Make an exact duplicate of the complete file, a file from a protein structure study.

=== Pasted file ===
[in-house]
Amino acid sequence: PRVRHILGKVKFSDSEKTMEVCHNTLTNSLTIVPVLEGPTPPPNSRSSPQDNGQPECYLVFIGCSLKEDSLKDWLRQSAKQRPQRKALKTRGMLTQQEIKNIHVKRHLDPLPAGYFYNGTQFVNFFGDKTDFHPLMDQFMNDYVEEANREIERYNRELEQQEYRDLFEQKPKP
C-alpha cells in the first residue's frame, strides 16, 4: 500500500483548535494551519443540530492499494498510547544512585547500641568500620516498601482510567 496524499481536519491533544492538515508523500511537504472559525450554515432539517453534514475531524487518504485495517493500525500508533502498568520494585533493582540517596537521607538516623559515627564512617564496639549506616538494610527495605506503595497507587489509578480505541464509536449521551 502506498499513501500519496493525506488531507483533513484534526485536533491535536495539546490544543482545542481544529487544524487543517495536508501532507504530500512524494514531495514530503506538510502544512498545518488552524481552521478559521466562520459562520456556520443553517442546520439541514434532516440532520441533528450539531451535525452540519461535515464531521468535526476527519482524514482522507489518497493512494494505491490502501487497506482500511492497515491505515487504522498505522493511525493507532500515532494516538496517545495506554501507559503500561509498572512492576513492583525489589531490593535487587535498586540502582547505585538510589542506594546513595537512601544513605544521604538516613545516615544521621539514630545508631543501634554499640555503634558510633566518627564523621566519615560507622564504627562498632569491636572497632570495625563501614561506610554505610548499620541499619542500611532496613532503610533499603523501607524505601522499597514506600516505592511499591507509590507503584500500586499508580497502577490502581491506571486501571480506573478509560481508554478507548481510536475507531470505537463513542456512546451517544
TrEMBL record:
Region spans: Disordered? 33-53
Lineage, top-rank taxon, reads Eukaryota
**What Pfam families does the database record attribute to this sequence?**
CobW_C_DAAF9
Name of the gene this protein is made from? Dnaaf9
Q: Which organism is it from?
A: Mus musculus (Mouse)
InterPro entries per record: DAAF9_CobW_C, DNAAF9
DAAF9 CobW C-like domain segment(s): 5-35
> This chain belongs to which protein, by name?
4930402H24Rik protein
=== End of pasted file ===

[in-house]
Amino acid sequence: PRVRHILGKVKFSDSEKTMEVCHNTLTNSLTIVPVLEGPTPPPNSRSSPQDNGQPECYLVFIGCSLKEDSLKDWLRQSAKQRPQRKALKTRGMLTQQEIKNIHVKRHLDPLPAGYFYNGTQFVNFFGDKTDFHPLMDQFMNDYVEEANREIERYNRELEQQEYRDLFEQKPKP
C-alpha cells in the first residue's frame, strides 16, 4: 500500500483548535494551519443540530492499494498510547544512585547500641568500620516498601482510567 496524499481536519491533544492538515508523500511537504472559525450554515432539517453534514475531524487518504485495517493500525500508533502498568520494585533493582540517596537521607538516623559515627564512617564496639549506616538494610527495605506503595497507587489509578480505541464509536449521551 502506498499513501500519496493525506488531507483533513484534526485536533491535536495539546490544543482545542481544529487544524487543517495536508501532507504530500512524494514531495514530503506538510502544512498545518488552524481552521478559521466562520459562520456556520443553517442546520439541514434532516440532520441533528450539531451535525452540519461535515464531521468535526476527519482524514482522507489518497493512494494505491490502501487497506482500511492497515491505515487504522498505522493511525493507532500515532494516538496517545495506554501507559503500561509498572512492576513492583525489589531490593535487587535498586540502582547505585538510589542506594546513595537512601544513605544521604538516613545516615544521621539514630545508631543501634554499640555503634558510633566518627564523621566519615560507622564504627562498632569491636572497632570495625563501614561506610554505610548499620541499619542500611532496613532503610533499603523501607524505601522499597514506600516505592511499591507509590507503584500500586499508580497502577490502581491506571486501571480506573478509560481508554478507548481510536475507531470505537463513542456512546451517544
TrEMBL record:
Region spans: Disordered? 33-53
Lineage, top-rank taxon, reads Eukaryota
**What Pfam families does the database record attribute to this sequence?**
CobW_C_DAAF9
Name of the gene this protein is made from? Dnaaf9
Q: Which organism is it from?
A: Mus musculus (Mouse)
InterPro entries per record: DAAF9_CobW_C, DNAAF9
DAAF9 CobW C-like domain segment(s): 5-35
> This chain belongs to which protein, by name?
4930402H24Rik protein